|How Buell Became Part of Harley Davidson
The Buell Motorcycle Company is an American motorcycle
manufacturer that is based in East Troy, Wisconsin. It was
founded by Erik Buell, who was once employed by the Harley
Davidson Company as an engineer. The Buell Motorcycle Company
is the only significant manufacturer of sporting motorcycles
in the United States.
Eric F. Buell was born in Pittsburgh, PA, in 1950. He was
raised on a farm, learning to work on machinery at a young
age. As a teen-ager, Buell took up motorcycling. His first
bike was an Italian-made Parilla 90cc moped, his second a 74ci
basket-case Harley Davidson. He began racing motorcross and
also became interested in road racing in his early 20's.
Buell was also employed as a motorcycle mechanic during the
day, while taking classes in engineering at the University of
Pittsburgh at night. He received his engineering degree in
1979 and soon began working for Harley Davidson in Milwaukee.
This is where he began designing concept motorcycles and was
involved with the Porsche-designed "Nova" V-four program. He
was also responsible for a lot of the improvement in stability
made to the chassis design of the FXR series of cruisers.
Buell's loyalty to the Harley Davidson Company prevented him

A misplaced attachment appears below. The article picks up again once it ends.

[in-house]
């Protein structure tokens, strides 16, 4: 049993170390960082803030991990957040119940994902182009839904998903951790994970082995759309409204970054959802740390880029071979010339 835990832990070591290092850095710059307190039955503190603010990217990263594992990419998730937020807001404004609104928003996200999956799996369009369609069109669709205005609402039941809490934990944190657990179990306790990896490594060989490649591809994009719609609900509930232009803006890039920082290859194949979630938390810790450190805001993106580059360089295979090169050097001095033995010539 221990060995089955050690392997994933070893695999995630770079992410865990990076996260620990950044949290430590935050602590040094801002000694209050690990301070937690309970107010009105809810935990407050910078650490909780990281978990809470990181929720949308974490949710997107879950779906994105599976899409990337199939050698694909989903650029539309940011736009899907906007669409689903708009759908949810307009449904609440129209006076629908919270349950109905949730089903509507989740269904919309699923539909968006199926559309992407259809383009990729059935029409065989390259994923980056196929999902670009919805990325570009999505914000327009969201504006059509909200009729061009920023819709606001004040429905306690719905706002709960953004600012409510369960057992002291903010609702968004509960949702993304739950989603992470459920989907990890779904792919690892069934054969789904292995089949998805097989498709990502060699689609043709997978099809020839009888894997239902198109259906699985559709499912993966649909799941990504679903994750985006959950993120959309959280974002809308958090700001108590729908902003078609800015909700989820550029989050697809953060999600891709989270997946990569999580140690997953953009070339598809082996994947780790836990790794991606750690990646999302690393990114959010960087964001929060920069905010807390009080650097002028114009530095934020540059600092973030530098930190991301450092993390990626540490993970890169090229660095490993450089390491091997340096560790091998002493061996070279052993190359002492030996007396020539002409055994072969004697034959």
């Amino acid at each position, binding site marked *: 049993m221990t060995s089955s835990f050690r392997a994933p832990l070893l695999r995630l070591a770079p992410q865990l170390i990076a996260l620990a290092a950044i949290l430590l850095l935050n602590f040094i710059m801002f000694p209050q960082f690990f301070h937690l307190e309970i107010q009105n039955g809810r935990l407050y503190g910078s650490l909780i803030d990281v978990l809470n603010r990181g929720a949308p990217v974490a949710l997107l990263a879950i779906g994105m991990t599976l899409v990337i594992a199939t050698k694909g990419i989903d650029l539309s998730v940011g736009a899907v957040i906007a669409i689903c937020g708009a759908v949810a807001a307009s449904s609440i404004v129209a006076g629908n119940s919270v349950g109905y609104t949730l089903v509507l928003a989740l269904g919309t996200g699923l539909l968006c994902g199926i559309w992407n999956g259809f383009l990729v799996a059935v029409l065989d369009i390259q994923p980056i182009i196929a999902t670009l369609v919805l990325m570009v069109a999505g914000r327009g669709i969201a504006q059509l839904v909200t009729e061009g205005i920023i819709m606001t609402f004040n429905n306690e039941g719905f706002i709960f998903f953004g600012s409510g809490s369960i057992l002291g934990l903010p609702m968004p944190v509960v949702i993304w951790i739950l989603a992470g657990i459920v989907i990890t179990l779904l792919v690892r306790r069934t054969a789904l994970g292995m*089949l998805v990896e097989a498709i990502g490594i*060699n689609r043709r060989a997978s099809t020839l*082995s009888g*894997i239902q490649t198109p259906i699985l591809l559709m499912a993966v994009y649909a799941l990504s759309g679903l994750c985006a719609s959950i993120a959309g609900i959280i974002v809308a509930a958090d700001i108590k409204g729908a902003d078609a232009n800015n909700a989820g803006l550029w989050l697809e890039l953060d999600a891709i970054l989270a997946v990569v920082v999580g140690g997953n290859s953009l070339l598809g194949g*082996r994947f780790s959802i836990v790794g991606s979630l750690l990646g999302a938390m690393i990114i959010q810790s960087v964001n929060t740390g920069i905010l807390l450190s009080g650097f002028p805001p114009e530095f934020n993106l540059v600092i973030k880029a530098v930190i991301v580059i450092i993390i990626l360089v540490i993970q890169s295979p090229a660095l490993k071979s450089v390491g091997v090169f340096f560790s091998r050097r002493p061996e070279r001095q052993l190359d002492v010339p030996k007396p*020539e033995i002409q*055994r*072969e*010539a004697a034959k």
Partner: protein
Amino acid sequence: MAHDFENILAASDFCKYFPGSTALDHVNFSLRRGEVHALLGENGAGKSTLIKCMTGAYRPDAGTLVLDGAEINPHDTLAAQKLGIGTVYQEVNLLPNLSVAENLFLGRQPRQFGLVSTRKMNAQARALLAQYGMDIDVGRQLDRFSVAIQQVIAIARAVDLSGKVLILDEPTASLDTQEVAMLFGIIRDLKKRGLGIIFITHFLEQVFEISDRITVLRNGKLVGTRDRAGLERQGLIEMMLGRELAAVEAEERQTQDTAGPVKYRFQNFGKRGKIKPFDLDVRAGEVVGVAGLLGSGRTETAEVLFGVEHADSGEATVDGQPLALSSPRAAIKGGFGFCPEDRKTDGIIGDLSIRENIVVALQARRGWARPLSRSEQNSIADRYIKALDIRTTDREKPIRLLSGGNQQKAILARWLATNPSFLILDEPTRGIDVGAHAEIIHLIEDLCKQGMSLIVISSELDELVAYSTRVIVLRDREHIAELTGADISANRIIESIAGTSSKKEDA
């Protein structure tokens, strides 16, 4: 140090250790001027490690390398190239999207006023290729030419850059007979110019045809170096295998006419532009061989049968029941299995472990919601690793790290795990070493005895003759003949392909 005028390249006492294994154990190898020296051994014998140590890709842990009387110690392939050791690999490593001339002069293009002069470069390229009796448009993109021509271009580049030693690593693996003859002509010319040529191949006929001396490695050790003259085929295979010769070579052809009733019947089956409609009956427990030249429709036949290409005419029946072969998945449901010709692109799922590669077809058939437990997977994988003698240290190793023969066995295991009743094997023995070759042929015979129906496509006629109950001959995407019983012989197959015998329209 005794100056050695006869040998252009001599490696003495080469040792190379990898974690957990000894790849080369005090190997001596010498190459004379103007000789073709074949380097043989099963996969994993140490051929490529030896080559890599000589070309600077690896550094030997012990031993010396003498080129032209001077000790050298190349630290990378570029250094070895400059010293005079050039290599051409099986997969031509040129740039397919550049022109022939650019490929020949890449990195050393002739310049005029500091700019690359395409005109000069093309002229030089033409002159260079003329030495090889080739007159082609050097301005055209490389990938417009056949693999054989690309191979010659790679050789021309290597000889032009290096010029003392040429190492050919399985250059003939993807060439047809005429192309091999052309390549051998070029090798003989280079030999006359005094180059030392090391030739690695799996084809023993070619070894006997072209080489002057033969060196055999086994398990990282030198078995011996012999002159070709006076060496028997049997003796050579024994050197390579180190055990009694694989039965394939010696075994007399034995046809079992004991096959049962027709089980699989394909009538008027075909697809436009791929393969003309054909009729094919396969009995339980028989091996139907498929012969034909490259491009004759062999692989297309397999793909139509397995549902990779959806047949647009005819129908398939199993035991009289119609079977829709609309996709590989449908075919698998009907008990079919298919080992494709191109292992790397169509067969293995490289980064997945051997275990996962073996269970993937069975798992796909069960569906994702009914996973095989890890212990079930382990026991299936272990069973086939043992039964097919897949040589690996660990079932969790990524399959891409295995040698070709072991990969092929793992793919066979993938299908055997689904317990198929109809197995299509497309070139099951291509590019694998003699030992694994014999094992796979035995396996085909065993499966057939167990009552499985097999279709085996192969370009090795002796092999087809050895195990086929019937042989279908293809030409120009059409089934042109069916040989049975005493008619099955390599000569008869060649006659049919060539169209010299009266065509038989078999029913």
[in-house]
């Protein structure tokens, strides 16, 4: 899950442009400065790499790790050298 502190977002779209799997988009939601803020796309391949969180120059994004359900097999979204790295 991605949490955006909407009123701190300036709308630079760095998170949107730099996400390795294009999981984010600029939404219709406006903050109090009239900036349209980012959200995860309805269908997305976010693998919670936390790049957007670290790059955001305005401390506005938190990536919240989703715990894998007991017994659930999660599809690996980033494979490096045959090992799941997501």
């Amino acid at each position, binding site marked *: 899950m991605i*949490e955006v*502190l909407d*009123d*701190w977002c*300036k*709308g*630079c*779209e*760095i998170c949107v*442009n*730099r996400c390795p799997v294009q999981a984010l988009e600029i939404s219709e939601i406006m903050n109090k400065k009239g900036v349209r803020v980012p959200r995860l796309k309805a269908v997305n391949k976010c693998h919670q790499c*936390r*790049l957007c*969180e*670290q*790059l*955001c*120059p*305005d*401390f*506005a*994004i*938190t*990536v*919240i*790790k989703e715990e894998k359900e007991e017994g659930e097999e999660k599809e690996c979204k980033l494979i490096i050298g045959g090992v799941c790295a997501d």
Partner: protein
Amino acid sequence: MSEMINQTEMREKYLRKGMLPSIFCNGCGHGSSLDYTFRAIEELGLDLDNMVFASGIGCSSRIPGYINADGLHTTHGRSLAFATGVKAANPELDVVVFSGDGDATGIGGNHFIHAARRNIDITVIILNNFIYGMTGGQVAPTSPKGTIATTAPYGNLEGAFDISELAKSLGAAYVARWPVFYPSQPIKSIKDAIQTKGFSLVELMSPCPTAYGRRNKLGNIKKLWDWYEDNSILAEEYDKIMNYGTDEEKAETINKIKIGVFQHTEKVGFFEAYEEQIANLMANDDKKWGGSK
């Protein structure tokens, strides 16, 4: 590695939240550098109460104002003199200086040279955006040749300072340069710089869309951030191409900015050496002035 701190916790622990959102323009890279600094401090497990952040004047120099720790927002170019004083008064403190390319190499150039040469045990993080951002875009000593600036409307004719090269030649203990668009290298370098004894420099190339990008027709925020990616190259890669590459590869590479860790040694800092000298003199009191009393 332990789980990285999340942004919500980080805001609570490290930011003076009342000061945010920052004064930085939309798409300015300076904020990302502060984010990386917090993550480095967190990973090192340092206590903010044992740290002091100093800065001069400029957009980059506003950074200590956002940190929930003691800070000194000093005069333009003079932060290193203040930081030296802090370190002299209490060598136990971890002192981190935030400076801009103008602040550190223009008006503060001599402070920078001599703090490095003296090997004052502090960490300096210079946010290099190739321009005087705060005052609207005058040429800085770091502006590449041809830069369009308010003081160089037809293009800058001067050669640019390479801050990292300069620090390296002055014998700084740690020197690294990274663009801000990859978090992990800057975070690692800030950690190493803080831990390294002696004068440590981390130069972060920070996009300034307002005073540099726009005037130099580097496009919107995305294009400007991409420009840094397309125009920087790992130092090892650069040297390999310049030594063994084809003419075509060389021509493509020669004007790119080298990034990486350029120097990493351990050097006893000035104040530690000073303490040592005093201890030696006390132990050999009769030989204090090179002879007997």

from racing Japanese or Italian made motorcycles in the
1980'2. This led to his purchase of a bike produced by a
company in Great Britain. The Barton Company produced a
limited production racer that was powered by a water-cooled
750cc Square Four two-stoke engine. The bike however, was
poorly made and Buell began using his engineering talents and
own designs to remake it as the parts failed.
Buell raced this prototype bike, which was still using the
mostly-stock Barton engine, in 1982 at AMA National on the
Pocono Speedway. He called this bike the RW750 with the RW
standing for Road Warrior. During testing the RW750 reached
speeds of up to 178 miles per hour.
When the Barton Company shut down in 1982, Buell purchased the
entire stock of spare engines and parts, all drawings and the
rights to produce and sell the engine. The shipment was
delayed causing him to miss out on the opportunity of using
this equipment for the 1983-racing season. The lack of
reliability of the Barton engine also caused Harley Davidson
to decline giving engineering and financial support to Buell
when he asked. He then left the company to devote more time to
his racing effort. Luckily the split was amicable.
Buell offered his RW750s for sale in 1984 with much success.
The American Machinist's Union Racing Team bought, tested and
raced the first publicly sold RW750. Unfortunately by the
spring of 1985 the AMA announced that the Formula One class
was being discontinued for the 1986 season leaving no market
for Buell's machine.
Buell continued to design and improve his bikes with great
success, all the time studying Harley Davidson's concepts and
maintaining a close relationship with the company. This
success and partnership benefited both companies and in the
1990's Harley Davidson invested a 51 percent interest in the
newly reformed Buell Motorcycle Company. By 2003 Harley
Davidson bought complete control of Buell Motorcycle Company,
and currently distributes their bikes through select Harley
Davidson dealerships. Eric Buell is still responsible for the
engineering and design of Buell motorcycles.